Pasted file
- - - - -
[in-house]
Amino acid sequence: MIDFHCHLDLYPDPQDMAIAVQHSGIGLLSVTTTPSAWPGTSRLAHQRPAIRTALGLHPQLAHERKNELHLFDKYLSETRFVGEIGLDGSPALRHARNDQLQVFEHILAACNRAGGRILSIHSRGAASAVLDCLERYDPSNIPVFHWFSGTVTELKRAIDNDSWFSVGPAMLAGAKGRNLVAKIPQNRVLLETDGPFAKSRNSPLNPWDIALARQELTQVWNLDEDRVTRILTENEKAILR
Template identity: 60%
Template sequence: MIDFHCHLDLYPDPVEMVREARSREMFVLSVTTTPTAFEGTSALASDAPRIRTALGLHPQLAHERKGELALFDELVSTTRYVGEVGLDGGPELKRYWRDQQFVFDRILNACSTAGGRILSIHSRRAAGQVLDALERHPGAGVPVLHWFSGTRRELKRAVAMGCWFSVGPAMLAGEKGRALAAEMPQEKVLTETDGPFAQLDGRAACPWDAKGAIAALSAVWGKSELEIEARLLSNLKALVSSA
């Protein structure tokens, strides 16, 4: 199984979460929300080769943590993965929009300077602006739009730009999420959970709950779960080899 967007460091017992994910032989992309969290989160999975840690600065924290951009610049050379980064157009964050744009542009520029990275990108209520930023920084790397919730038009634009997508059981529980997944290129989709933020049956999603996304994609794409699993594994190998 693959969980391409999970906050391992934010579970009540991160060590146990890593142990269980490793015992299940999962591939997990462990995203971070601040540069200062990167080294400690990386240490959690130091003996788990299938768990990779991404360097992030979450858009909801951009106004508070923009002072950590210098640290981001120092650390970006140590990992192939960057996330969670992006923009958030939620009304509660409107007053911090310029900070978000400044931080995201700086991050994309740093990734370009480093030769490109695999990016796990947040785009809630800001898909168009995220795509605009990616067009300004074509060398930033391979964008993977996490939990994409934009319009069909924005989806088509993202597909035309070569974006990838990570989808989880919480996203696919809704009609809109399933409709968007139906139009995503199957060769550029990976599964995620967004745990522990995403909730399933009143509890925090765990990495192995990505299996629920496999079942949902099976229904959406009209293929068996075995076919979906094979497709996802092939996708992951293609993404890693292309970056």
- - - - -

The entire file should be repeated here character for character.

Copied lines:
[in-house]
Amino acid sequence: MIDFHCHLDLYPDPQDMAIAVQHSGIGLLSVTTTPSAWPGTSRLAHQRPAIRTALGLHPQLAHERKNELHLFDKYLSETRFVGEIGLDGSPALRHARNDQLQVFEHILAACNRAGGRILSIHSRGAASAVLDCLERYDPSNIPVFHWFSGTVTELKRAIDNDSWFSVGPAMLAGAKGRNLVAKIPQNRVLLETDGPFAKSRNSPLNPWDIALARQELTQVWNLDEDRVTRILTENEKAILR
Template identity: 60%
Template sequence: MIDFHCHLDLYPDPVEMVREARSREMFVLSVTTTPTAFEGTSALASDAPRIRTALGLHPQLAHERKGELALFDELVSTTRYVGEVGLDGGPELKRYWRDQQFVFDRILNACSTAGGRILSIHSRRAAGQVLDALERHPGAGVPVLHWFSGTRRELKRAVAMGCWFSVGPAMLAGEKGRALAAEMPQEKVLTETDGPFAQLDGRAACPWDAKGAIAALSAVWGKSELEIEARLLSNLKALVSSA
């Protein structure tokens, strides 16, 4: 199984979460929300080769943590993965929009300077602006739009730009999420959970709950779960080899 967007460091017992994910032989992309969290989160999975840690600065924290951009610049050379980064157009964050744009542009520029990275990108209520930023920084790397919730038009634009997508059981529980997944290129989709933020049956999603996304994609794409699993594994190998 693959969980391409999970906050391992934010579970009540991160060590146990890593142990269980490793015992299940999962591939997990462990995203971070601040540069200062990167080294400690990386240490959690130091003996788990299938768990990779991404360097992030979450858009909801951009106004508070923009002072950590210098640290981001120092650390970006140590990992192939960057996330969670992006923009958030939620009304509660409107007053911090310029900070978000400044931080995201700086991050994309740093990734370009480093030769490109695999990016796990947040785009809630800001898909168009995220795509605009990616067009300004074509060398930033391979964008993977996490939990994409934009319009069909924005989806088509993202597909035309070569974006990838990570989808989880919480996203696919809704009609809109399933409709968007139906139009995503199957060769550029990976599964995620967004745990522990995403909730399933009143509890925090765990990495192995990505299996629920496999079942949902099976229904959406009209293929068996075995076919979906094979497709996802092939996708992951293609993404890693292309970056």